The indigenous people in this region traditionally hold regular Aty Guasu, meaning “great assembly” in Guarani. The Aty Guasu are meetings where indigenous leaders, traditionally dominated by men, discuss the problems that the tribes share. They look for solutions to conflicts and exchange experiences.
The first-ever Aty Guasu Cuña, or “great assembly of indigenous women,” in the region was held from 25- 29 April, in the village of Bororo, in Dourados, Brazil – with over 500 participants. The aim, as Juliana Borges of IBISS-CO explains, was to create an alternative body for women, who have traditionally been in the minority in the Aty Guasu.
It was raining heavily but still lots of women came together, although some tribes didn’t want to be involved. The indigenous women talked a lot about women’s empowerment in the villages, as well as about sexism. Many of them had problems because their husbands, or villages, didn’t want them to take part in the Aty Guasu Cuña. It was a very productive meeting because there was a passionate exchange of ideas. The satisfaction of those women at having taken part in the assembly was remarkable,” says Marilza Drum, former IBISS representative who took part in the first Aty Guasu Cuña.
At the meeting, the indigenous women expressed themselves as a political force and made a series of demands from the public authorities. These included security for women in the villages, the demarcation of lands, guarantees that women of the Aty Guasu Cuña council would be involved in creating and implementing Government programmes and actions for indigenous peoples, recognition and strengthening of their traditions and cultures, health programmes for indigenous women, and food security.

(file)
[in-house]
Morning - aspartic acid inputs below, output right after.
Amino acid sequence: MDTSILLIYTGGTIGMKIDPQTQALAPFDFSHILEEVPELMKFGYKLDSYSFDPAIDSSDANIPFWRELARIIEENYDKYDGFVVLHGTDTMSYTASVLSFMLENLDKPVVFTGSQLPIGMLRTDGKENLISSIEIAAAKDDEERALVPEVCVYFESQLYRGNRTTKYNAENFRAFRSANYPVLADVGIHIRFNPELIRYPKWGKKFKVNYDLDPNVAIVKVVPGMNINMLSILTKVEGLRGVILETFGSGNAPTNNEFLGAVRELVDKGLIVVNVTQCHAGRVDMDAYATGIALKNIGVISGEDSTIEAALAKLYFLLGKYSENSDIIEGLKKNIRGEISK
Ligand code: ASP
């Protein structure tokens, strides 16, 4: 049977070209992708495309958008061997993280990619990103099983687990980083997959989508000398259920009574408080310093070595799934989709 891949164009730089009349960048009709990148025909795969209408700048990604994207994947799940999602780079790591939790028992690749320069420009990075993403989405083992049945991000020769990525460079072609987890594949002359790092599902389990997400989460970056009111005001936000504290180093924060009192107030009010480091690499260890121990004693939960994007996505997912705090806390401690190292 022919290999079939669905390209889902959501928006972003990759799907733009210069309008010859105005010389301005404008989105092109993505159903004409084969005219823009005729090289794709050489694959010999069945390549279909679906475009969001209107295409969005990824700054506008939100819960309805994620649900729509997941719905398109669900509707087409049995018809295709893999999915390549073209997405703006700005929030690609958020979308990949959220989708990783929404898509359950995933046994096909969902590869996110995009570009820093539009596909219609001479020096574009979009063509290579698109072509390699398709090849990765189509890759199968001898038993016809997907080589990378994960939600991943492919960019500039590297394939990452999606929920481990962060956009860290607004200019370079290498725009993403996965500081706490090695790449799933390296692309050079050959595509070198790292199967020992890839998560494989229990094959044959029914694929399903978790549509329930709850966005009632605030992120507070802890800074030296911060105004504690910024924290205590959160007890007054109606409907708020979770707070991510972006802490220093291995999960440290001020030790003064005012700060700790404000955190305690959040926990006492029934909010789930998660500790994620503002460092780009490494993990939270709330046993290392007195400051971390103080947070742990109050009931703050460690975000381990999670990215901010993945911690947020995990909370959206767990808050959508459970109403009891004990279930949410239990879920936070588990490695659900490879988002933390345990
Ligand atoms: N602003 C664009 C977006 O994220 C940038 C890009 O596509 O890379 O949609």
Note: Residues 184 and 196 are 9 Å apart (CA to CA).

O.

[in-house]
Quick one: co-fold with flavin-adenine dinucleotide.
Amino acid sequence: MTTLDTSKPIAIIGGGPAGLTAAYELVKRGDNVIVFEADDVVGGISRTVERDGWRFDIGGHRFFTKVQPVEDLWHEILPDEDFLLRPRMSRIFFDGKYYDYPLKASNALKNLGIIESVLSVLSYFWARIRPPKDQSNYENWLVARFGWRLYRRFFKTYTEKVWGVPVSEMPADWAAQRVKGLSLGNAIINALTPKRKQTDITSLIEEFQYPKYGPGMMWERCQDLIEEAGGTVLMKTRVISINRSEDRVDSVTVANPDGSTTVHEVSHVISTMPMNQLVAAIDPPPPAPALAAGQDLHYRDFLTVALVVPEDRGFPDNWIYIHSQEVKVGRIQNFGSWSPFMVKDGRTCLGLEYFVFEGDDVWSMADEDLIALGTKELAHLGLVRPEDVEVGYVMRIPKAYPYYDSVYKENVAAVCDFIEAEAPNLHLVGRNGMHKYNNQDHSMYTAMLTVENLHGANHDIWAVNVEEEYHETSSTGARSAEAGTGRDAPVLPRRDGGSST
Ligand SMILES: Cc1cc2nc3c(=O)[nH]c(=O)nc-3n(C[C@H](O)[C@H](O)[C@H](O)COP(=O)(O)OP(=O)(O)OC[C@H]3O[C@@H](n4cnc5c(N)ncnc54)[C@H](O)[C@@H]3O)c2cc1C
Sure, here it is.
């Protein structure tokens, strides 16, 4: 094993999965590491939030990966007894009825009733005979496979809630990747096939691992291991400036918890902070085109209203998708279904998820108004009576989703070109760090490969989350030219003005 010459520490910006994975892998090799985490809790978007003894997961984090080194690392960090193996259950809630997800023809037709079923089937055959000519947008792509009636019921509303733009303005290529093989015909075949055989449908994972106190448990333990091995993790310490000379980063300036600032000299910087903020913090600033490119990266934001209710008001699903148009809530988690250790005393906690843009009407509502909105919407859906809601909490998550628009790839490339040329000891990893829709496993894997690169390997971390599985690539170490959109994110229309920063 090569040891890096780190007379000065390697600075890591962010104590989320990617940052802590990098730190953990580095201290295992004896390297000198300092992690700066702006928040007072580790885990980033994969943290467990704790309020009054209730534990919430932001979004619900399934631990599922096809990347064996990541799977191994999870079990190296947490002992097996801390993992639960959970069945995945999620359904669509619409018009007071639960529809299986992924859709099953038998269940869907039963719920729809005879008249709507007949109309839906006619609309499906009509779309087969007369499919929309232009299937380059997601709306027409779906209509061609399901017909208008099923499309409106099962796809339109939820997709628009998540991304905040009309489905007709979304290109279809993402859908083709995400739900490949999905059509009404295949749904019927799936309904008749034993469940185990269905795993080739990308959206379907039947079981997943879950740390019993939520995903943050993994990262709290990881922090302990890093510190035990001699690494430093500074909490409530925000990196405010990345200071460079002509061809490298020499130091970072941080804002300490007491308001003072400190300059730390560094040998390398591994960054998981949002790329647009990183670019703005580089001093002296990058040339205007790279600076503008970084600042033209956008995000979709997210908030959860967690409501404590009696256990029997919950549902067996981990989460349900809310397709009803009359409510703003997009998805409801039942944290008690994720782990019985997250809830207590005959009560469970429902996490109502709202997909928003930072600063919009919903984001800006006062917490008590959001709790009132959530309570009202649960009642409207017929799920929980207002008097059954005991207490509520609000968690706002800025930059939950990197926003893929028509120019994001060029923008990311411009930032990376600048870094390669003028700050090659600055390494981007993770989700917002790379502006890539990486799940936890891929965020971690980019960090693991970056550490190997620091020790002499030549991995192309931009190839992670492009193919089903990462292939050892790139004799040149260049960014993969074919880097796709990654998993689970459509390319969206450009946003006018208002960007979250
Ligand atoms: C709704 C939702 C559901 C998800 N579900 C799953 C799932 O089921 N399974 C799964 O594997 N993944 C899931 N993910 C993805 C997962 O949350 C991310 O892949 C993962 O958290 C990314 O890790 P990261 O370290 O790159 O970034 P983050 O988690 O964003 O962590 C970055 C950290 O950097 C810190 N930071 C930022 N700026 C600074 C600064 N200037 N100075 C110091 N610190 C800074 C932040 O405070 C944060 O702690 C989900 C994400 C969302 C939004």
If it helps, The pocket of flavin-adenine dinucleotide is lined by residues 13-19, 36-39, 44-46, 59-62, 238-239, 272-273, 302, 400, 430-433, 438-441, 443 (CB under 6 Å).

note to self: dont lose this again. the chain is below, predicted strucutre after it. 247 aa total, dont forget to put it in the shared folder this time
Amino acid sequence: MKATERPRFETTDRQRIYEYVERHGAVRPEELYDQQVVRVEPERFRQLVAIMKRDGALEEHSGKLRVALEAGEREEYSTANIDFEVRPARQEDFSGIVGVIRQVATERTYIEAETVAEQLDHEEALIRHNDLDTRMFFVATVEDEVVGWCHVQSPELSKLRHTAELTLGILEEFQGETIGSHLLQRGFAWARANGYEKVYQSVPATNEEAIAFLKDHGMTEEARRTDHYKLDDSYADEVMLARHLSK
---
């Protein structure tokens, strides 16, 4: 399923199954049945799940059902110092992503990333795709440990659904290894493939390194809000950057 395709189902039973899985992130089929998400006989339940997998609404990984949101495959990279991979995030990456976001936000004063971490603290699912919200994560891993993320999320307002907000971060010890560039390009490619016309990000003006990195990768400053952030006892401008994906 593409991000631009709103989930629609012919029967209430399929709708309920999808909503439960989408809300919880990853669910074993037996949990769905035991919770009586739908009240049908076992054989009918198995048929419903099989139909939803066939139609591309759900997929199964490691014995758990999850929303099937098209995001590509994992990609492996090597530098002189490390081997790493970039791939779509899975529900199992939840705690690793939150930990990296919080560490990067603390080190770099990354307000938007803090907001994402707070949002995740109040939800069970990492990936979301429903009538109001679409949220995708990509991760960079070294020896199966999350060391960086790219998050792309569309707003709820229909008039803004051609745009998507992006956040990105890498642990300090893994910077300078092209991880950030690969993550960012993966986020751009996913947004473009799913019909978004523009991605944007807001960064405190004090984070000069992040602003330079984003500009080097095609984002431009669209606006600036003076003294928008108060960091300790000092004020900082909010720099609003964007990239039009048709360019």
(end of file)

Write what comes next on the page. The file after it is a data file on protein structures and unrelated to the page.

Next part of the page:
Since then, smaller assemblies of indigenous women have been held.
The indigenous communities don’t have the means for travel, accommodation and transport. Support from UN Women was vital in helping to make it possible to organize a second, consolidated, assembly. It allowed for a meeting of indigenous women who shared their knowledge and skills. As a result, they developed new ways of tackling violence with a gender perspective,” says Rebecca Tavares, UN Women representative in Brazil.
The second Aty Guasu Cuña was held in January 2013, also in Dourados, Brazil, where women were able to share their experiences of looking for strategies to deal with the situations of violence going on in their communities.
Both the workshops and the two Aty Guasu Cuña have enabled women to recognize and prevent rights violations in their communities. Both assemblies also produced information leaflets on preventing human trafficking, in Spanish and Guarani.
A third great assembly has already been planned for 6 March in the region of Sombrerito, Paraguay.
Before the project, I accepted the problems that we were having,” says Priscila. “Then I met other indigenous women, I learned things, I was in the big city and having discussions with many people. I understood more and more. Now I am a community leader and I can help my people. We want to hold more Aty Cuña. Together, indigenous women are strong,” she says.